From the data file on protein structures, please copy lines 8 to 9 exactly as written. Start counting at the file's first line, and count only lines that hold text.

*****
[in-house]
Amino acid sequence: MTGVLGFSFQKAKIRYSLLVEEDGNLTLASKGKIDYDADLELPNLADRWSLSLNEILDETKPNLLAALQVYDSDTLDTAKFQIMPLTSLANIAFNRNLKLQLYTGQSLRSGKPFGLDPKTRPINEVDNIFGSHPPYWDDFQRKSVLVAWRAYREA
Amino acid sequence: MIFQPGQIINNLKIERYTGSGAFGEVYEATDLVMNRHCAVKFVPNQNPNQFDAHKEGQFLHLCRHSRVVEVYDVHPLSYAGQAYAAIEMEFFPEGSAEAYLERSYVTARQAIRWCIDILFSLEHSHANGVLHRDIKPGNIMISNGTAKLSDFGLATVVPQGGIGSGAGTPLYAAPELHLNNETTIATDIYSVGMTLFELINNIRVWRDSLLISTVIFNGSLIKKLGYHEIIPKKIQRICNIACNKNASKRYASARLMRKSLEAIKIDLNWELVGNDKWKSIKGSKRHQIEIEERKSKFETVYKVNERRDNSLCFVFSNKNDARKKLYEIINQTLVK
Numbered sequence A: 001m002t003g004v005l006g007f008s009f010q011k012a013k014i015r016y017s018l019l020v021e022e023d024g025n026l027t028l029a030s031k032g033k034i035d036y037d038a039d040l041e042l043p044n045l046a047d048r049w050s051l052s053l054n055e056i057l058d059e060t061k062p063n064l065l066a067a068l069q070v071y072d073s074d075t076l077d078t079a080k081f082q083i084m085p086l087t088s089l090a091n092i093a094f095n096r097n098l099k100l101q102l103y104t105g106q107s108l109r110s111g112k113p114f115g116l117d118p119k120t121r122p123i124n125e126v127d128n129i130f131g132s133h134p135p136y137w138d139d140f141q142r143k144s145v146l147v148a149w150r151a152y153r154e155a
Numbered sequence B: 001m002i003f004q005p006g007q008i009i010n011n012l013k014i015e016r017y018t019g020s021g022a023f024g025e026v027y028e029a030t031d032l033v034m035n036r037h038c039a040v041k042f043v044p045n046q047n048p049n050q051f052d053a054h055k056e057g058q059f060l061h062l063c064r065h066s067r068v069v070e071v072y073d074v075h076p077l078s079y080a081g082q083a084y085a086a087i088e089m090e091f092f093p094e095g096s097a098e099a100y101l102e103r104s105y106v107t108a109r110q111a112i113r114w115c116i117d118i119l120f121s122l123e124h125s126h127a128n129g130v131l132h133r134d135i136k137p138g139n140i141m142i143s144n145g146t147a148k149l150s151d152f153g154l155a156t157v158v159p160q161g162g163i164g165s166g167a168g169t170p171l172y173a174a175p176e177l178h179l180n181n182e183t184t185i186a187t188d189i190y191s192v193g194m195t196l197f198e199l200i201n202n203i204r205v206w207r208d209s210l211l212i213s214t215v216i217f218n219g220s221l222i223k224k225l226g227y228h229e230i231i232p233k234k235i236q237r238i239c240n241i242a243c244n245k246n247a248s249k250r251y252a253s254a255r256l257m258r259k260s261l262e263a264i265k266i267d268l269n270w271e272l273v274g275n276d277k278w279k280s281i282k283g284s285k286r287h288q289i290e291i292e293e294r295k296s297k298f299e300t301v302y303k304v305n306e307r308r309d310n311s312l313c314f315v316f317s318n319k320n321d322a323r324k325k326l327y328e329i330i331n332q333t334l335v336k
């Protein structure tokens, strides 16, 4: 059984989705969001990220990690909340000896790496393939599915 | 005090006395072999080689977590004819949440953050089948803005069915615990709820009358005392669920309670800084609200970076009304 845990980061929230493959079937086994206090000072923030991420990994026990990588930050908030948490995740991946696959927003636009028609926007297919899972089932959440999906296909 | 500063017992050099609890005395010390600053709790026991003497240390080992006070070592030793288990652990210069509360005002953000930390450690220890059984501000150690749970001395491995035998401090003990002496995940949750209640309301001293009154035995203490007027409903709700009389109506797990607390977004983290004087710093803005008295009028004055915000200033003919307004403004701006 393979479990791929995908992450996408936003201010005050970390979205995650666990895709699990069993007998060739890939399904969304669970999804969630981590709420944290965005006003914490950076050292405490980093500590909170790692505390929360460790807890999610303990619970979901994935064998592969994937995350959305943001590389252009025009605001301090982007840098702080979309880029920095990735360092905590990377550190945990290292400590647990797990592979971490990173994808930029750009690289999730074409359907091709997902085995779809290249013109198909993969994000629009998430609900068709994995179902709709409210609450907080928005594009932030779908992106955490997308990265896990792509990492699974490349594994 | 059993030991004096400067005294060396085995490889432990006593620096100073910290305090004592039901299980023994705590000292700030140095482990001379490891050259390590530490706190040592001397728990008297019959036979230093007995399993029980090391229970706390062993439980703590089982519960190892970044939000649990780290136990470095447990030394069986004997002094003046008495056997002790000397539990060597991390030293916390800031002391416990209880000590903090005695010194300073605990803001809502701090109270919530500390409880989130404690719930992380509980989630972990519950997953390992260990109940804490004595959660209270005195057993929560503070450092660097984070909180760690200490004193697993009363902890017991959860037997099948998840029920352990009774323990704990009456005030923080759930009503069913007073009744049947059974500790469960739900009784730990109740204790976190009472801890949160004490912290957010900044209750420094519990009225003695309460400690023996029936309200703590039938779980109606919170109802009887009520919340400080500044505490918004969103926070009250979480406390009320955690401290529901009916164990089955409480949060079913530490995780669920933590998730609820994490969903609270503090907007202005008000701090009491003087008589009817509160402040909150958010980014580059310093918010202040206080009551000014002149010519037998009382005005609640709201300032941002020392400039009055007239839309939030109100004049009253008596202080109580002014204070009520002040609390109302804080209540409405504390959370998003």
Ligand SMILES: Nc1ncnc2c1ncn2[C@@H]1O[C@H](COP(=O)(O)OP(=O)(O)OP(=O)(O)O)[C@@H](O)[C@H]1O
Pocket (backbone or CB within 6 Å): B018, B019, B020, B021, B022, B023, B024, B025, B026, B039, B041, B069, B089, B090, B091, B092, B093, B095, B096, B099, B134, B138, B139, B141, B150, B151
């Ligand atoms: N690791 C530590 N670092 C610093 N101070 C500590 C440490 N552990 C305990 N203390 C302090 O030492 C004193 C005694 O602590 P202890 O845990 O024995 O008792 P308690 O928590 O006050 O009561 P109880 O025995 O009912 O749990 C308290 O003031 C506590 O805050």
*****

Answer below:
Pocket (backbone or CB within 6 Å): B018, B019, B020, B021, B022, B023, B024, B025, B026, B039, B041, B069, B089, B090, B091, B092, B093, B095, B096, B099, B134, B138, B139, B141, B150, B151
């Ligand atoms: N690791 C530590 N670092 C610093 N101070 C500590 C440490 N552990 C305990 N203390 C302090 O030492 C004193 C005694 O602590 P202890 O845990 O024995 O008792 P308690 O928590 O006050 O009561 P109880 O025995 O009912 O749990 C308290 O003031 C506590 O805050």